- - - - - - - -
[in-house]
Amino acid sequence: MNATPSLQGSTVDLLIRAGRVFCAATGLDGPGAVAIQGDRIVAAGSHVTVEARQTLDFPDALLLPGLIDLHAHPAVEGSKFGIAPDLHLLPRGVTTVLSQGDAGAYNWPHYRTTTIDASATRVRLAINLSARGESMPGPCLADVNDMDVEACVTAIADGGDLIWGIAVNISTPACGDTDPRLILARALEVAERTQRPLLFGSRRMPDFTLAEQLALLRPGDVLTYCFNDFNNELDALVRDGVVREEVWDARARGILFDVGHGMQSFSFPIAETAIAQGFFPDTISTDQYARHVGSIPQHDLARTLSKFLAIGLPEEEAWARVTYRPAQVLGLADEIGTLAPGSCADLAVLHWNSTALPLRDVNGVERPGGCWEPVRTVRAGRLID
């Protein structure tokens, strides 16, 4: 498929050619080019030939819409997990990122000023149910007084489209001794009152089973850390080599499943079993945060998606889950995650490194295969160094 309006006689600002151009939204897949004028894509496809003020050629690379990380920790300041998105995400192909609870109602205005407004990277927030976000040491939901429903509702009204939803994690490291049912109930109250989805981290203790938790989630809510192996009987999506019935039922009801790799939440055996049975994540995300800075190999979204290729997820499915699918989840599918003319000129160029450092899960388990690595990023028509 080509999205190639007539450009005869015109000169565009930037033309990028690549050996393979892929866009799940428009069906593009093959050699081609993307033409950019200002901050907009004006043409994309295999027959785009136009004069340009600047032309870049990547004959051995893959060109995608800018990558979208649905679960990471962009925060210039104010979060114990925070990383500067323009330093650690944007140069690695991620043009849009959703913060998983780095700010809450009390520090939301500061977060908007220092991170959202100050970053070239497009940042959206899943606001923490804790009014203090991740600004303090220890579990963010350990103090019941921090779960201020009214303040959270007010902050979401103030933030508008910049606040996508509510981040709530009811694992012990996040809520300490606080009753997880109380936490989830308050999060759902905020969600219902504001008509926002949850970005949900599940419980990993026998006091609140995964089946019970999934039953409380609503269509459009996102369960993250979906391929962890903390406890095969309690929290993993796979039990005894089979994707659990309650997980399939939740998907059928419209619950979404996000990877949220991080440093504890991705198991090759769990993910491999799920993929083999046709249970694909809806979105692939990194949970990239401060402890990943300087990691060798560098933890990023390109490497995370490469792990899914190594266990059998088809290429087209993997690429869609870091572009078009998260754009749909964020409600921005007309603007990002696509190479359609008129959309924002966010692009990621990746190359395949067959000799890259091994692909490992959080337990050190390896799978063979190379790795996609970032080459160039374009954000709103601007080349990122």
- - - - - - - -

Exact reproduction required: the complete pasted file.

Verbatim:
[in-house]
Amino acid sequence: MNATPSLQGSTVDLLIRAGRVFCAATGLDGPGAVAIQGDRIVAAGSHVTVEARQTLDFPDALLLPGLIDLHAHPAVEGSKFGIAPDLHLLPRGVTTVLSQGDAGAYNWPHYRTTTIDASATRVRLAINLSARGESMPGPCLADVNDMDVEACVTAIADGGDLIWGIAVNISTPACGDTDPRLILARALEVAERTQRPLLFGSRRMPDFTLAEQLALLRPGDVLTYCFNDFNNELDALVRDGVVREEVWDARARGILFDVGHGMQSFSFPIAETAIAQGFFPDTISTDQYARHVGSIPQHDLARTLSKFLAIGLPEEEAWARVTYRPAQVLGLADEIGTLAPGSCADLAVLHWNSTALPLRDVNGVERPGGCWEPVRTVRAGRLID
């Protein structure tokens, strides 16, 4: 498929050619080019030939819409997990990122000023149910007084489209001794009152089973850390080599499943079993945060998606889950995650490194295969160094 309006006689600002151009939204897949004028894509496809003020050629690379990380920790300041998105995400192909609870109602205005407004990277927030976000040491939901429903509702009204939803994690490291049912109930109250989805981290203790938790989630809510192996009987999506019935039922009801790799939440055996049975994540995300800075190999979204290729997820499915699918989840599918003319000129160029450092899960388990690595990023028509 080509999205190639007539450009005869015109000169565009930037033309990028690549050996393979892929866009799940428009069906593009093959050699081609993307033409950019200002901050907009004006043409994309295999027959785009136009004069340009600047032309870049990547004959051995893959060109995608800018990558979208649905679960990471962009925060210039104010979060114990925070990383500067323009330093650690944007140069690695991620043009849009959703913060998983780095700010809450009390520090939301500061977060908007220092991170959202100050970053070239497009940042959206899943606001923490804790009014203090991740600004303090220890579990963010350990103090019941921090779960201020009214303040959270007010902050979401103030933030508008910049606040996508509510981040709530009811694992012990996040809520300490606080009753997880109380936490989830308050999060759902905020969600219902504001008509926002949850970005949900599940419980990993026998006091609140995964089946019970999934039953409380609503269509459009996102369960993250979906391929962890903390406890095969309690929290993993796979039990005894089979994707659990309650997980399939939740998907059928419209619950979404996000990877949220991080440093504890991705198991090759769990993910491999799920993929083999046709249970694909809806979105692939990194949970990239401060402890990943300087990691060798560098933890990023390109490497995370490469792990899914190594266990059998088809290429087209993997690429869609870091572009078009998260754009749909964020409600921005007309603007990002696509190479359609008129959309924002966010692009990621990746190359395949067959000799890259091994692909490992959080337990050190390896799978063979190379790795996609970032080459160039374009954000709103601007080349990122």